From World Wind Wiki
|Latest release||1.0 / 2008-10-30|
This Plug-in was developed for World Wind to give project designers access to historical weather data as well as projections of climate change. The Climate Mapper grew out of USAID's effort to develop its Climate Change Adaptation Guidance Manual.
The Climate Mapper now serves the globe, excluding polar regions. The data are available for an area of ½ degree ½ degree, or roughly 50km x 50km in the tropics. When you click on the map, the tool will pull data for the grid cell surrounding the point where you clicked and display it as a line graph. The data can be exported to a spreadsheet application.
 Loading and using the plug-in
- To load the plug-in click 'Load/Unload...' in the Plug-Ins menu (see figure 1). Then from the dialog box click 'Climate Mapper' (you may have to scroll down a bit), and press the 'Load' button (see figure 2), the indicator next to 'Climate Mapper' should now change to green, now close the dialog box.
- From the World Wind screen, Click on the Climate Mapper button
- An interactive screen will appear on top of the World Wind
- From the first drop-down menu, select a theme (e.g., temperature, precipitation, potential evapo-transpiration (PET), soil moisture, or runoff)
- Select the radio button for "observed" or "projected" data
- If you select "Observed," the drop-down menu entitled "Observed" will become active. You can then choose monthly data for the 30 year period from 1961 – 1991 or the monthly average for that period.
- If you select "Modeled Projection," you can select 1-3 General Circulation models to display graphically in the table area.
- Under "Choose an Action," if you select "Map," a map will be generated showing the changes for the whole continent.
- If you choose "Graph by x,y location," you can click on a spot on the globe and a graph will be generated using the outputs from the grid cell around the point where you clicked. A pushpin image should appear on the globe to show where you clicked.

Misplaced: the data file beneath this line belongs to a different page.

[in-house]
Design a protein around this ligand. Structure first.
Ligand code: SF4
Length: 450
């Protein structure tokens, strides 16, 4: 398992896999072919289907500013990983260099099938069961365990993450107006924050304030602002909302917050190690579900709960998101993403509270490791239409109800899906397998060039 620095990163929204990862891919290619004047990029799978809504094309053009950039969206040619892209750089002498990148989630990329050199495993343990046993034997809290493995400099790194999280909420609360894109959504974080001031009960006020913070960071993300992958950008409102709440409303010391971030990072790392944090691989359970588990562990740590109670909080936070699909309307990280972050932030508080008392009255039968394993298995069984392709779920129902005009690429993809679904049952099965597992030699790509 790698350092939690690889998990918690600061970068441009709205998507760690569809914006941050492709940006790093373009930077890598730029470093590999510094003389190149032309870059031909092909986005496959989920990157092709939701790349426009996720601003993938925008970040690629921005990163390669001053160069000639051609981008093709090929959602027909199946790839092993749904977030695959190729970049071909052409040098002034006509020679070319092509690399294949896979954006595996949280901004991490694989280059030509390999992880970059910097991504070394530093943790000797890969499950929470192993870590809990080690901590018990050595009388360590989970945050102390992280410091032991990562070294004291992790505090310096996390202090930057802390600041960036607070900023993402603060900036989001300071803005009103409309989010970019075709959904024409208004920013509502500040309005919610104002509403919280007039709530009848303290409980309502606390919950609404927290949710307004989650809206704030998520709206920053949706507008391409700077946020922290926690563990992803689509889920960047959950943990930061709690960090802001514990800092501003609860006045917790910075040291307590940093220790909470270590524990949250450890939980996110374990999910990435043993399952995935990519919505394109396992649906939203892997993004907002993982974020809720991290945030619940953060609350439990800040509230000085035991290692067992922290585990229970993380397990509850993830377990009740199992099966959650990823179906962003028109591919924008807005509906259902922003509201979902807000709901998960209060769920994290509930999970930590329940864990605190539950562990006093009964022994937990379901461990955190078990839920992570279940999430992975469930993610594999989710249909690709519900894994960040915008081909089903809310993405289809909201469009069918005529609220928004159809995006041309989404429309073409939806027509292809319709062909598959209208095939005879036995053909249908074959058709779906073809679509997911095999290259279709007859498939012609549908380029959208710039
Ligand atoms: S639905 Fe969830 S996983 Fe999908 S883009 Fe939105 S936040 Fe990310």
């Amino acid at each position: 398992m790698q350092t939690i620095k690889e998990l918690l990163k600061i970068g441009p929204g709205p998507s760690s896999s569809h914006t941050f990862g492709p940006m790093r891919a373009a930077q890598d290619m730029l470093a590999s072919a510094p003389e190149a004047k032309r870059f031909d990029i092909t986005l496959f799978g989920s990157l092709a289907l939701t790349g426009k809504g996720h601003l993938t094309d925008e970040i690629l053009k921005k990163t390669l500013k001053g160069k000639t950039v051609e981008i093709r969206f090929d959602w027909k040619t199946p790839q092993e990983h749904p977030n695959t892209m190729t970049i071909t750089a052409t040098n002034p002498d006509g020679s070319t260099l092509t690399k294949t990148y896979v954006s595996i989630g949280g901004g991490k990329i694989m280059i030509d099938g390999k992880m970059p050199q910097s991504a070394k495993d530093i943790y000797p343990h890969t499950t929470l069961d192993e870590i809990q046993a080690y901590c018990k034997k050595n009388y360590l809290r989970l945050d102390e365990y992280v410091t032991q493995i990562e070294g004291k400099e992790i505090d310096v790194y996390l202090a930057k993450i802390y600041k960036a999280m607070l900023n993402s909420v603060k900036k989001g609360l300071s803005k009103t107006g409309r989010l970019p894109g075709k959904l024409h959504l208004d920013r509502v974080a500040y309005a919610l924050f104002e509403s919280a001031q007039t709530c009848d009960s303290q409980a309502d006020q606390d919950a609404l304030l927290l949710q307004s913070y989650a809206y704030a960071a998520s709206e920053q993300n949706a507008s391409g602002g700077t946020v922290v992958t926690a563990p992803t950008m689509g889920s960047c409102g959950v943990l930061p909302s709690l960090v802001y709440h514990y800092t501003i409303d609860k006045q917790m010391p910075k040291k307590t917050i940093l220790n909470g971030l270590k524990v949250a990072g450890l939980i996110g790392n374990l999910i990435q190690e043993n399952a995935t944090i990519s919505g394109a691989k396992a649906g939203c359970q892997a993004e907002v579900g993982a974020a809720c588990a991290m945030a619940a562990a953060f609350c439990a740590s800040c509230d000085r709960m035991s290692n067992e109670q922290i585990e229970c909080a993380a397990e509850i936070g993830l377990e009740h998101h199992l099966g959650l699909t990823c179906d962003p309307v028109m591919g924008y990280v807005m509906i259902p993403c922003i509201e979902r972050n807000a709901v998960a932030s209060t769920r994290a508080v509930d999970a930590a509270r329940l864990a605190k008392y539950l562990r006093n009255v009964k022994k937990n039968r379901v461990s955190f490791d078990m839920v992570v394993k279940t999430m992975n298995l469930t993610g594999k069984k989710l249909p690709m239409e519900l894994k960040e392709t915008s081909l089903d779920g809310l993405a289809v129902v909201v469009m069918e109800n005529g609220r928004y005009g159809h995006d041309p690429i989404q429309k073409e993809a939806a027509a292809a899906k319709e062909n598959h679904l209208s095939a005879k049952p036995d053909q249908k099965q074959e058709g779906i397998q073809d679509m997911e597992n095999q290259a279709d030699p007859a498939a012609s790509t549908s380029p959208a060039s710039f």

- If you want to use the data from the graph in a spreadsheet, click "export graph data." This will save the data in a spreadsheet.
 More information
The Climate Mapper presents outputs of three of the models used in the IPCC’s 4th Assessment Report: the National Center for Atmospheric Research Community Climate System Model (NCAR CCSM); the European Centre/Hamburg Model (ECHAM); and the Geophysical Fluid Dynamics Laboratory Coupled Model (GFDL-CM21). We chose these models because they represent the highest, middle, and lowest projections for changes in Africa in the Climate Moisture Index (CMI), a measure of the relative balance of precipitation and temperature. We ran the models using the A1B SRES scenario, a scenario of economic activity and carbon emissions that most closely represents the current or business-as-usual emissions trajectory. Currently, we are on an economic growth and emissions trajectory that resembles that described by A1B. If the world’s emissions begin to change, we will re-run the models with a more representative scenario.
Information on past weather and projected climate should inform development practitioners as they design projects to be more resilient to climate variability and change. Designers should know that climate projections are not predictions; they are scenarios of possible futures based on complex models. Models provide insights, but all of the development practitioner’s knowledge and experience should be brought into the design of a project.
If you have questions/comments, email Dan Deneau (firstname.lastname@example.org) or Jessica Coughlin (email@example.com).